Farms could yield jet fuel of the future
Ever since the Wright brothers, the aviation industry has been looking for ways to fly further faster. Now with the help of the US Department of Energy (DOE), Virent, and DOE's National Renewable Energy Laboratory (NREL), planes may soon take to the skies using less petroleum.
In June, DOE announced an award of up to $13.4 million dollars to Virent and its partners to develop a process to cost effectively convert cellulosic biomass — in this case the non-edible parts of corn — into jet fuel.
"Projects such as these are helping us to diversify our energy portfolio and decrease our dependence on foreign oil," Energy Secretary Steven Chu said at the announcement.
"Together with our partners, the Department is working hard to expand the clean energy economy, creating jobs in America and providing sustainable replacements for the fuels and products now provided primarily by petroleum."
"This is all about making drop-in fuels or infrastructure-compatible fuels," NREL Manager for Bioprocess R&D Richard Elander said.
"These are fuels that are close, if not identical, to the same molecules that are in gasoline, diesel fuel, and jet fuel. They are compatible with our existing vehicles and infrastructure in terms of engines, fueling and pipelines."
It is important to note that the end result of the combined NREL-to-Virent lignocellulosic conversion process is not ethanol. While ethanol is a reasonable substitute for gasoline, is not a substitute for jet fuel due to ethanol's lower energy density and other properties required for jet fuel.
"Rather than fermenting corn stover into ethanol, in this scenario, the biomass is appropriately deconstructed and then catalytically converted into energy dense hydrocarbon molecules that are indistinguishable from petroleum based jet fuel," Virent Senior Director for Feedstock Development Andrew Held said.
Idaho National Laboratory will provide the corn stover for the experiments. NREL will then use acid or other chemicals to pre-treat and deconstruct the biomass, creating a new compound, or hydrolysate, containing sugars and other forms of soluble carbon.
"One of the interesting features of the Virent technology is, not only can they uses simple sugars, they can also use slightly longer chain sugars, plus they can also use some of the 'undesirable' products from when we over-treat the biomass," Elandar said.
Over-treating happens in the lingocellulosic conversion process because the biomass has to be broken down enough to get to the hard-to-reach sugars. The process is not perfect, so some of those sugars can be over-treated and become sugar degradation products.
According to Elander: "This particular process has the opportunity to use a wider range of sugars and other soluble carbon compounds that are generated in the deconstruction process than we've traditionally been able to, which is a good thing because it means potentially higher yields."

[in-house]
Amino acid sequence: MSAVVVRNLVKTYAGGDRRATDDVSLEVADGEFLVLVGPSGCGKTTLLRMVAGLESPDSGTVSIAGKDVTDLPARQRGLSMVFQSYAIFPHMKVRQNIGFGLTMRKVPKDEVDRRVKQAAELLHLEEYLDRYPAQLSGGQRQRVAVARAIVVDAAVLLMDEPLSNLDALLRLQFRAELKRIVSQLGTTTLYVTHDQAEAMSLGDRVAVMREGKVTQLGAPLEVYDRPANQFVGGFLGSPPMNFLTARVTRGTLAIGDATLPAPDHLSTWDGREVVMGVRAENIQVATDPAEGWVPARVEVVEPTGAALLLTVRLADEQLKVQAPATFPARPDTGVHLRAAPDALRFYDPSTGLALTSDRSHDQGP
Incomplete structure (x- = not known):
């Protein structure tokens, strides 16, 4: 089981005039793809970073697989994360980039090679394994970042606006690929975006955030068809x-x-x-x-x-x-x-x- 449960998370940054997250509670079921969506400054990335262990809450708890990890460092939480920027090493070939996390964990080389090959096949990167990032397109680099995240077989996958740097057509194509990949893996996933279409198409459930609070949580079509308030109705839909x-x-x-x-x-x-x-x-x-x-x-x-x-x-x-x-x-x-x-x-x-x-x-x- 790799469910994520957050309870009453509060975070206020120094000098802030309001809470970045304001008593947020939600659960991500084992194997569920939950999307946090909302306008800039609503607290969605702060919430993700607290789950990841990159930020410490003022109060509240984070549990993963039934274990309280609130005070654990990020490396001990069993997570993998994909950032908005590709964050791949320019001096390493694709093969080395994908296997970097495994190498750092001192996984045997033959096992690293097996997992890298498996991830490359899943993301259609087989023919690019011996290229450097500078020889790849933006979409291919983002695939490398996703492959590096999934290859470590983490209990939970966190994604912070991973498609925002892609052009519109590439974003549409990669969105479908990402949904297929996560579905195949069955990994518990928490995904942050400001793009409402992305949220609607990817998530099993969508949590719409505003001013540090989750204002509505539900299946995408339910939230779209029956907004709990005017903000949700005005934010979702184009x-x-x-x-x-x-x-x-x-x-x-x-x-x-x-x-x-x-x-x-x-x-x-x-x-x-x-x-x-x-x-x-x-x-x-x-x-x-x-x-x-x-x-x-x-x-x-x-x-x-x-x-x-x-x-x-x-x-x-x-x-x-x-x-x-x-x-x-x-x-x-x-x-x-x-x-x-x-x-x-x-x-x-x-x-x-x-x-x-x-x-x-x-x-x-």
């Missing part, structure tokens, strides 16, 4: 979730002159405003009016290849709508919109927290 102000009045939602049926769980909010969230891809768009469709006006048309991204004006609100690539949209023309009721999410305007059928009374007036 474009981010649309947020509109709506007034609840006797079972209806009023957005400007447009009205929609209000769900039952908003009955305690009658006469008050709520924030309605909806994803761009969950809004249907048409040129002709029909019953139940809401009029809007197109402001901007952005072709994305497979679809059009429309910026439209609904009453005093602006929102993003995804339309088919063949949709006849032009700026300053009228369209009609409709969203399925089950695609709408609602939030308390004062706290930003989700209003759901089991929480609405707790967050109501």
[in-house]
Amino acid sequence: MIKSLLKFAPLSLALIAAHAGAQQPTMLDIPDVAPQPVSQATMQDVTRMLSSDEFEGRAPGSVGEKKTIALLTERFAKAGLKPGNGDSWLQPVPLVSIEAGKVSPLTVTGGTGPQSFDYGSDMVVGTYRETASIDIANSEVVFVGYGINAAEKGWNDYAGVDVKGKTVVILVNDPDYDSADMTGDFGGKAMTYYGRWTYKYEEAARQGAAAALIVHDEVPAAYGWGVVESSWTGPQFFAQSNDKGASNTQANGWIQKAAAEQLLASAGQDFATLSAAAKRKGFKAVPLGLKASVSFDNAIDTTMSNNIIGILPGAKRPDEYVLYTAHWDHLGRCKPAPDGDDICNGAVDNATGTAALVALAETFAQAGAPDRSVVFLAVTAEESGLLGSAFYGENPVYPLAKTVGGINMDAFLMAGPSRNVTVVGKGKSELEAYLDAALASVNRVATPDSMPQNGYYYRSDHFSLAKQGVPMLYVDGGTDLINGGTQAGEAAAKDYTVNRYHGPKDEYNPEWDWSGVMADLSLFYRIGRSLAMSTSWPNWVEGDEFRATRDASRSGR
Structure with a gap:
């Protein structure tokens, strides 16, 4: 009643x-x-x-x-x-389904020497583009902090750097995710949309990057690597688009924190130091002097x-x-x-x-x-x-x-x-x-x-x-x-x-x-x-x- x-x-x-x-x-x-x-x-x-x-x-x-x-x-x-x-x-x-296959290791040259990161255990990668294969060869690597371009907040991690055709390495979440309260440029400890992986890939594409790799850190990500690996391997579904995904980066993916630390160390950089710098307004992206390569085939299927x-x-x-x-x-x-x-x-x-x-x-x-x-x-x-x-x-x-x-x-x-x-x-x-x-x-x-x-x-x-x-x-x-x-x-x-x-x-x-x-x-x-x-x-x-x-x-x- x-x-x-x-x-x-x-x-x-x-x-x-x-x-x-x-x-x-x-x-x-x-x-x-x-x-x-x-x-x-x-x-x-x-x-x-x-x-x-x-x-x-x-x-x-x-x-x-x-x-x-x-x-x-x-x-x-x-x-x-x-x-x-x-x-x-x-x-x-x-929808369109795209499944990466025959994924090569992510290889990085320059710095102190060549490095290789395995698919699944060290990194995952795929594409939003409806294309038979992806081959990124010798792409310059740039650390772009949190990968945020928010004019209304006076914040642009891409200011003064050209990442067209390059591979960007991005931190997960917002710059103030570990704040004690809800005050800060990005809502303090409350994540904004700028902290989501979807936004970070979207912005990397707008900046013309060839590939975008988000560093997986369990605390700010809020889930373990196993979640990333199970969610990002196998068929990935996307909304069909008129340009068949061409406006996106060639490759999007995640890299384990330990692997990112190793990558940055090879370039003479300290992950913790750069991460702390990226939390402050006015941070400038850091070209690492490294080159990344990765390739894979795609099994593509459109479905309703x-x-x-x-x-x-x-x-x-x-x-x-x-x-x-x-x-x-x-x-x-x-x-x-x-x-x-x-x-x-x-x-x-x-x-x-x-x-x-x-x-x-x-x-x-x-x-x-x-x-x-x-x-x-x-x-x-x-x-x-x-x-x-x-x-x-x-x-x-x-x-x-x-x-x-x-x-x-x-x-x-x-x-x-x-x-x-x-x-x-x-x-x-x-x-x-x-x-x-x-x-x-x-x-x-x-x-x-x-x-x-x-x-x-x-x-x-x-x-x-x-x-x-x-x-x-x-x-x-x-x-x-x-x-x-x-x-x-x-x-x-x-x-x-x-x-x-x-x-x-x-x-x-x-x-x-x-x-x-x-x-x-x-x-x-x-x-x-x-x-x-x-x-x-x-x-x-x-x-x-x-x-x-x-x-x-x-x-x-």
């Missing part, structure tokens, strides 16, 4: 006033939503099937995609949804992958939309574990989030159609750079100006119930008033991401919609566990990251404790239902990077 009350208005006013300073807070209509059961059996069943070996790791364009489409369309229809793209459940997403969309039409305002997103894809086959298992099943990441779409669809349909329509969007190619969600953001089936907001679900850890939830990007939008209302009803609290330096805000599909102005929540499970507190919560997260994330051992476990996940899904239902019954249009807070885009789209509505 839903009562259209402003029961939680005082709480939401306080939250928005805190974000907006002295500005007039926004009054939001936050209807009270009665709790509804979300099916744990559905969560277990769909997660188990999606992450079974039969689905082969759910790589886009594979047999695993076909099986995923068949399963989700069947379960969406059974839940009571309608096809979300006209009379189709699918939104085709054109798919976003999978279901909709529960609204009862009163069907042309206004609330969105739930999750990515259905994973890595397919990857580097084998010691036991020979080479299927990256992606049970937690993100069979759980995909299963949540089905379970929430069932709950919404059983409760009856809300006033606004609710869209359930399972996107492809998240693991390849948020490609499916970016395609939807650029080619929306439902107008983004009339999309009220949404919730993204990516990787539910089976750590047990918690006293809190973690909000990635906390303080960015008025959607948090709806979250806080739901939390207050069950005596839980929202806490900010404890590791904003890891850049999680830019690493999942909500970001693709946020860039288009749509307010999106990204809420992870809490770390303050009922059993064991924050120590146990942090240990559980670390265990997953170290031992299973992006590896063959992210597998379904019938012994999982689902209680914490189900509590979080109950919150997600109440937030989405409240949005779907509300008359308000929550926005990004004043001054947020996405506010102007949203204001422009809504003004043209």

Virent will take the hydrolysates produced in NREL's Integrated Biorefinery Research Facility (IBRF) and use a proprietary catalytic conversion technology to make the final jet fuel.
"We remove the oxygen to make the deconstructed biomass more amenable to further processing, ultimately turning the hydrolysates into the same hydrocarbons that make up ordinary jet fuel," Held said.
While NREL has an important role in the agreement in deconstructing the quantities of biomass needed for the project, the lab has two other equally important tasks. First, NREL will perform techno-economic analysis of the project to make sure it is financially feasible in the long run, and second, NREL will study the fundamentals properties of catalysts used in the process.
"One of the challenges that has to be demonstrated by Virent is the lifetime of their catalyst," Elander said.
"The only way to prove that a catalyst will last a long time is to run it for a long time. In order to run it for a long time, they are going to need a large quantity of deconstructed biomass to put through. NREL's IBRF will come into play to generate several tons for this process. We can then gauge how the catalyst behaves."
NREL recently completed the second phase of a $33.5 million upgrade to the IBRF. The facility is unique in its ability to handle a wide range of biomass feedstocks and pretreatment processes. Three parallel pretreatment processing trains allow for the testing of conversion processes using differing technologies under a wide range of conditions.
The IBRF can handle high concentrations of solids in the pretreatment and enzymatic hydrolysis steps, a key factor in reducing costs. In addition, NREL has fuel testing capabilities and facilities and is a recognized leader in techno-economic and life cycle analyses.
"Virent has been very impressed with the technical capabilities of NREL as a result of our work with the National Advanced Biofuels Consortium," Held said.
"When we were planning a project to put to together for this DOE award, we thought NREL's team would be a very good fit in terms of supplying us feedstock materials needed for Virent's catalytic conversion technology."
NREL and DOE are looking for more partners like Virent to help speed the integration of drop-in fuels into America's existing infrastructure.
"I think the DOE is appropriately trying to encourage national labs and private parties to work together," Held said.
"This project embodies top-notch experience and capability at a national lab with a promising company that is moving forward with innovative technology."
The IBRF's new equipment and facilities, including 27,000 square feet of high bay space, can support unparallel research flexibility for industrial partners. Industry partners can bring in new technologies or processes into the IBRF to evaluate them in an integrated biorefinery setting.
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